She's certainly not as boisterous as her late husband, Sen. Edward M. Kennedy, but Vicki Kennedy is quietly working to hold up his legacy on Obamacare and beyond.
"I don't strong arm people, it's not my style," she tells Whispers. "But I will do anything I can touting the benefits and continuing to talk about what a difference it makes in the lives of families," she says of the Affordable Care Act, which her husband was instrumental in getting passed.
Kennedy wasn't even threatened by House Republicans latest move, to defund the legislation.
"I think when all the dust settles, people will never let it be taken away and I think you're getting last gasps," she says. "It's been passed by the House, it's been passed by the Senate, it's been signed by the president, it's been affirmed by the Supreme Court, that's all three branches of government."
She talked health care Friday night at the annual Susan G. Komen Honoring the Promise gala at the Kennedy Center in Washington. Both she and her late husband were honored. "For me this is his award," she gushed. "And it's an award for all the people whose lives are going to be saved because of the research that he helped to make happen."
While she was pumped to get the accolade, she's really geeked out about the Edward M. Kennedy Institute for the United States Senate, which is currently being constructed in Boston, adjacent to the JFK Library.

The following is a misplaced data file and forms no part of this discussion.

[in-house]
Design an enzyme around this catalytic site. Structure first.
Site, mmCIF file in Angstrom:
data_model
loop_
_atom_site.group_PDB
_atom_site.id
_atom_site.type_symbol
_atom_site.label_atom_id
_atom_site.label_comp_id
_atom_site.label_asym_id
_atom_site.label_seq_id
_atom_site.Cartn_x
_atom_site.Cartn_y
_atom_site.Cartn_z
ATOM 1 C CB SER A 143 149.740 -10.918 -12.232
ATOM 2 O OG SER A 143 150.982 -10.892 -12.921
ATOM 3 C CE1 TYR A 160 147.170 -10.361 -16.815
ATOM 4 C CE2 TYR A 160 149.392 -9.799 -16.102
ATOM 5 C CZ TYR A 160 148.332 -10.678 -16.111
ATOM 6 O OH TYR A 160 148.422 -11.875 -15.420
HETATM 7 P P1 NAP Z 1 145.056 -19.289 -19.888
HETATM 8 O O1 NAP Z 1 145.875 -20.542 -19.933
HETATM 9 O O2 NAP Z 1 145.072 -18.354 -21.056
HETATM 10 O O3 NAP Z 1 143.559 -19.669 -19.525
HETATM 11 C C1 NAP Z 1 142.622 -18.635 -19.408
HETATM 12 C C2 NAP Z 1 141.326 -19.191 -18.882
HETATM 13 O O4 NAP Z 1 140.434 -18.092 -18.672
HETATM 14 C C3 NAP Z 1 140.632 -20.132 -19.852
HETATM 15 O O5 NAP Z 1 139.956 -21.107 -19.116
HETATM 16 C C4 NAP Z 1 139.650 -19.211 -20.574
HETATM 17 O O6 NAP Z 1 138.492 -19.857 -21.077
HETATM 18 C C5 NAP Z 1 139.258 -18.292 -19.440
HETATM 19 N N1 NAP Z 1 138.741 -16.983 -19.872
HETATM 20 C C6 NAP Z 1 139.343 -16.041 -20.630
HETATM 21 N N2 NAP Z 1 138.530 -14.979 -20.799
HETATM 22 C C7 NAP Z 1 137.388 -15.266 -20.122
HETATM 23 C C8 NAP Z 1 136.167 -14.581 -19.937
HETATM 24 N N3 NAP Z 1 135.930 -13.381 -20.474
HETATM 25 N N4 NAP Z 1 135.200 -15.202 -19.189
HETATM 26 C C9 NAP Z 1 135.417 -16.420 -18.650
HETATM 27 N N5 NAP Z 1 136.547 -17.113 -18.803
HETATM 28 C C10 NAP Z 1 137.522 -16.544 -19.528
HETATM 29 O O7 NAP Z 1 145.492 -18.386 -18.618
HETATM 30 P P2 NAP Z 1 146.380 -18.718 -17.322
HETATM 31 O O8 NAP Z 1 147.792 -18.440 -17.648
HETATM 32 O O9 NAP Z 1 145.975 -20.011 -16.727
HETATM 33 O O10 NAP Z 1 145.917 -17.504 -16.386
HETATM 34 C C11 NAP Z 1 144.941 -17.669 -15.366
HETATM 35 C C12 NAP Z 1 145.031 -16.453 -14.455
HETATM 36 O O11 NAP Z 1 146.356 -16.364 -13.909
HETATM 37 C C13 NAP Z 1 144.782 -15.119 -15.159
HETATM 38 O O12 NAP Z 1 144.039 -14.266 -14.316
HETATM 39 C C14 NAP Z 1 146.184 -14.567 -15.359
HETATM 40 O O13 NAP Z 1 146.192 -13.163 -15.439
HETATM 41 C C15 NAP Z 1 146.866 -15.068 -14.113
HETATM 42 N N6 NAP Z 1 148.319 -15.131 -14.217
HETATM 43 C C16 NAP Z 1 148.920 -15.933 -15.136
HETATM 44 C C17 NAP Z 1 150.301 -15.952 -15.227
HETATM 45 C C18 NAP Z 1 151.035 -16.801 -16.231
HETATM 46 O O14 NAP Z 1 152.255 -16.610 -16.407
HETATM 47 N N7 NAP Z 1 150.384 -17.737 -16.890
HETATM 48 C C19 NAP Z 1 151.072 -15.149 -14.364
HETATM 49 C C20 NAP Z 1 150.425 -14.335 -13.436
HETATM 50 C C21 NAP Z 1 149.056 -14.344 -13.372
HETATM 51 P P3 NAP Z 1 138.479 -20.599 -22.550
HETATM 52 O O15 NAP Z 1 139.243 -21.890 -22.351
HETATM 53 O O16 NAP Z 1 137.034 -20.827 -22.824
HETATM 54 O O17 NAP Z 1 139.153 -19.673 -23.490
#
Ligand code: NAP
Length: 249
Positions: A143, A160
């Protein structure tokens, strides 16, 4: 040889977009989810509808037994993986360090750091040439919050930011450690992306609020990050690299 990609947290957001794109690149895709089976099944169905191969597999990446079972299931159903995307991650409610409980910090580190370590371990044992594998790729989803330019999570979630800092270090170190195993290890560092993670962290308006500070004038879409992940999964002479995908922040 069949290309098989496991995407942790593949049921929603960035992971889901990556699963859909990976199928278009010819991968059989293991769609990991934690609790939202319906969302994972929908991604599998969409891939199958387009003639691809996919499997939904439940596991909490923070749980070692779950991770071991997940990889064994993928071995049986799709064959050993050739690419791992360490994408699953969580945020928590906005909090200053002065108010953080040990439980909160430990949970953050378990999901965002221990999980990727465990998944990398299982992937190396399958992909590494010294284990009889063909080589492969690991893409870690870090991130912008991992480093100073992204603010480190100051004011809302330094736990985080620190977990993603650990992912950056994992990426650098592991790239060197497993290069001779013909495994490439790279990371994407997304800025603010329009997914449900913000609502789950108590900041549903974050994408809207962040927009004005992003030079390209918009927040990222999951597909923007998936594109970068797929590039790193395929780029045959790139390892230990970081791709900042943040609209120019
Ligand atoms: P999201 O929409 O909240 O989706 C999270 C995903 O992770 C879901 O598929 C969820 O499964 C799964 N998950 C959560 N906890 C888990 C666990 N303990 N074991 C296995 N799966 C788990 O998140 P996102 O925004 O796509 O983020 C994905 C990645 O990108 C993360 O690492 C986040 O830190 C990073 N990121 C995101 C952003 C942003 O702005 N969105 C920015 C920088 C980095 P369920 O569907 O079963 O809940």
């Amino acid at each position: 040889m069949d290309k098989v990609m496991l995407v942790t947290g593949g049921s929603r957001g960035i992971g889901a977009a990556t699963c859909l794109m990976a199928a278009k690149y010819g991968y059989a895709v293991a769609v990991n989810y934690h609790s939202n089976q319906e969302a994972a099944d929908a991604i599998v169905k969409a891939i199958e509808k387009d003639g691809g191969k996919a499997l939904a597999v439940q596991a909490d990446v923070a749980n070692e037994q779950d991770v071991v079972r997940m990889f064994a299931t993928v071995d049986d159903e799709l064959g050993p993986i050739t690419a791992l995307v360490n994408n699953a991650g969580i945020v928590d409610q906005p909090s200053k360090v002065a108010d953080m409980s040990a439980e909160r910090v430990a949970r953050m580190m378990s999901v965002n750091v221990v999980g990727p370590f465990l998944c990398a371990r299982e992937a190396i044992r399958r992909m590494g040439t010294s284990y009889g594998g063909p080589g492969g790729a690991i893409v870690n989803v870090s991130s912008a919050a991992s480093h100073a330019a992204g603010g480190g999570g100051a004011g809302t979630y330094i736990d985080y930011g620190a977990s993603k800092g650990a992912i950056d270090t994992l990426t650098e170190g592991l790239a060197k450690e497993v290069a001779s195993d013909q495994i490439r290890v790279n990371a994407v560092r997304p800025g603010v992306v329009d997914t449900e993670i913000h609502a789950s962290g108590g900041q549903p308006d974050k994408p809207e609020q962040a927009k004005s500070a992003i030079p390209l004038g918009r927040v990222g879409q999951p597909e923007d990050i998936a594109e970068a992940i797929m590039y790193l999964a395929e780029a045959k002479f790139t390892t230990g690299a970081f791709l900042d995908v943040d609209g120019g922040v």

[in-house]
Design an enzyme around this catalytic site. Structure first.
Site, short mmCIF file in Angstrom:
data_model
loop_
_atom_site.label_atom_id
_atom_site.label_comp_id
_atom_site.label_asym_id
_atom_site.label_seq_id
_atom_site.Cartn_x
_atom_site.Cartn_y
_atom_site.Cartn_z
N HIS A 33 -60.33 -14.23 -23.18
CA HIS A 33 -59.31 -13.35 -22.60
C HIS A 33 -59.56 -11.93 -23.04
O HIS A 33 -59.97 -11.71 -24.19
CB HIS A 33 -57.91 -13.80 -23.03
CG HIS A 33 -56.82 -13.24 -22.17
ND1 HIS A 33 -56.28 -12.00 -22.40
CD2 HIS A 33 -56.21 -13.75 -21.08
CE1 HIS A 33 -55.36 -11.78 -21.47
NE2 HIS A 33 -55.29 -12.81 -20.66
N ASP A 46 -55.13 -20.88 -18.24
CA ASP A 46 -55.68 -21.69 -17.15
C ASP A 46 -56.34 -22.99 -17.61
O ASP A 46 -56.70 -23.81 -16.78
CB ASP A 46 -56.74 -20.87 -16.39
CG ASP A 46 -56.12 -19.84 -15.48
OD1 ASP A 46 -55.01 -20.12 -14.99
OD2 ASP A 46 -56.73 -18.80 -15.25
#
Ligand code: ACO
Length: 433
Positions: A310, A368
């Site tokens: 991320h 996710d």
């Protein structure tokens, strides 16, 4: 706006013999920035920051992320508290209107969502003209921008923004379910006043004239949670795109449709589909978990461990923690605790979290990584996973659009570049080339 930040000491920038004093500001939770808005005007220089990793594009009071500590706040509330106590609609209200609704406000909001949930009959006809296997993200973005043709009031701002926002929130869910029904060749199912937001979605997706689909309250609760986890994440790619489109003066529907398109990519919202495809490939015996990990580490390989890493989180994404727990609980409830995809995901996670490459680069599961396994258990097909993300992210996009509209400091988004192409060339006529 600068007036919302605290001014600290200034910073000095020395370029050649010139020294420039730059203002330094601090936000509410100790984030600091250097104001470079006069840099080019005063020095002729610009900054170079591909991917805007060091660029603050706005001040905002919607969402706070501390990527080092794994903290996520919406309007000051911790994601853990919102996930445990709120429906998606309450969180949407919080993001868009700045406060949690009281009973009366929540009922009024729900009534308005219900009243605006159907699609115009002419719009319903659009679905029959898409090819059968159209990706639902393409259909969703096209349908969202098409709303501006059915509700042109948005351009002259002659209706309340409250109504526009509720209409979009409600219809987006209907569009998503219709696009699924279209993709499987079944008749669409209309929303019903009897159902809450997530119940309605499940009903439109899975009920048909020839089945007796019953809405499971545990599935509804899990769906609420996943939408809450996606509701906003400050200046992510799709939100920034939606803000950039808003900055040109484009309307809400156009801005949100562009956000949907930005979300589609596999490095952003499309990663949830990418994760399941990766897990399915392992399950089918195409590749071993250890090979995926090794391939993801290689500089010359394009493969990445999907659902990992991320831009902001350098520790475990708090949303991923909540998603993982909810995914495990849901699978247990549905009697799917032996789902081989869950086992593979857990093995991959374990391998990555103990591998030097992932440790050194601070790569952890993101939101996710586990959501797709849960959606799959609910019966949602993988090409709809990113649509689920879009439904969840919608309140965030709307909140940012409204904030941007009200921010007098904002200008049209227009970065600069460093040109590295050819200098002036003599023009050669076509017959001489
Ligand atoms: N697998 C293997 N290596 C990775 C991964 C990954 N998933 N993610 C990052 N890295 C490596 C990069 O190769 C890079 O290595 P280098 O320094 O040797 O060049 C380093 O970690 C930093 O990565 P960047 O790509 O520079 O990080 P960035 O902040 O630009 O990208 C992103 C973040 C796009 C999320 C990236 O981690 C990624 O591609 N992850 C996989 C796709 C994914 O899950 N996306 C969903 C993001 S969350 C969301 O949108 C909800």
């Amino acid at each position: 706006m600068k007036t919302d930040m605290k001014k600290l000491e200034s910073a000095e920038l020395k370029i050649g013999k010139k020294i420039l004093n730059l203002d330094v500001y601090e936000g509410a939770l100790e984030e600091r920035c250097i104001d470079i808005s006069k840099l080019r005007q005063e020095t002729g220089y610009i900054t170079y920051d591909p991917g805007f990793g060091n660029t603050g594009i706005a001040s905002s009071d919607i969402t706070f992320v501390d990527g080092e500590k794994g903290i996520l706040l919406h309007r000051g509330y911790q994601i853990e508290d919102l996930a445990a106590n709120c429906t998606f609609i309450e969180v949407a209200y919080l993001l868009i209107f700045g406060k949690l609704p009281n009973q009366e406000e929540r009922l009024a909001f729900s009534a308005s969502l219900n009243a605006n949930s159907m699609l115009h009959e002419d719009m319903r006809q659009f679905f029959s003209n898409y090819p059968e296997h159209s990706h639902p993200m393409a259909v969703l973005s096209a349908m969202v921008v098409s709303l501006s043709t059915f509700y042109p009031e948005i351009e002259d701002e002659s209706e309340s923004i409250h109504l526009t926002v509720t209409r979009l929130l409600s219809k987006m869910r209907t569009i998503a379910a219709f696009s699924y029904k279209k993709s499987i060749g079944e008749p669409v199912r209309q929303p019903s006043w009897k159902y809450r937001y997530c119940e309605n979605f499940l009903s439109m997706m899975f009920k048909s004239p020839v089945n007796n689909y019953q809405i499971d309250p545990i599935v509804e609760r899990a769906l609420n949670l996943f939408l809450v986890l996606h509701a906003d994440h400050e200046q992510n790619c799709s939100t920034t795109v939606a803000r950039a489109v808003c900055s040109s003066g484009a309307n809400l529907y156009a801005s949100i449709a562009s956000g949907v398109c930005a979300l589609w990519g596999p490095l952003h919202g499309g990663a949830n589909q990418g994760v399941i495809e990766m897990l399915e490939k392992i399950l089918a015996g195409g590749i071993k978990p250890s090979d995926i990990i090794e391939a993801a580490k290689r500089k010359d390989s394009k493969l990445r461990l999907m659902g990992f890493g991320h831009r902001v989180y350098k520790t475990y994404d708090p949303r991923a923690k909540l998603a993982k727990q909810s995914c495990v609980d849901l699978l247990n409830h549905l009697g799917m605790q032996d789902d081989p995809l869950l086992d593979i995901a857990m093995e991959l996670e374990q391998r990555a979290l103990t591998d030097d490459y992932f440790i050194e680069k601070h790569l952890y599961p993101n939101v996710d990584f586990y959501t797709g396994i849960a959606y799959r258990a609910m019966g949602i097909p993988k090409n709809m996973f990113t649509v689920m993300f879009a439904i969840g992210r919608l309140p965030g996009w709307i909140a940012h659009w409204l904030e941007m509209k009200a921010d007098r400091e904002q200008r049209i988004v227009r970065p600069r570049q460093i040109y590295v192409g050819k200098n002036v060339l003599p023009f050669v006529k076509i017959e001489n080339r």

"We have so many presidential libraries where people learn about the presidency, but as Teddy loved to say, 'look, the legislative branch is in Article 1 of the Constitution,'" Kennedy said. "What we're going to have is an interactive, totally cool, place."
The neatest part, according to Kennedy, is that the EMK Institute will contain basically a full-size representation of the Senate chamber, complete with interactive desks. "Each desk is going to have an equivalent of an iPad type computer on it, so that information will be at your fingertips," she explained. "So you'll learn about every senator who sat in that chair."
And while Sen. Kennedy will be remembered as the "liberal lion," the Institute's board is bipartisan, with former-Senate Majority Leaders Trent Lott, R-Miss., and Tom Daschle, D-S.D., both serving on it.
"Teddy was a joyous partisan, there's no question about it, but he always reached across the aisle to find common ground," his widow said of the across-the-aisle involvement. "This bears Teddy's name, but it's really about the Senate, the Senate that he loved, that was such a passion of his," she said of the center.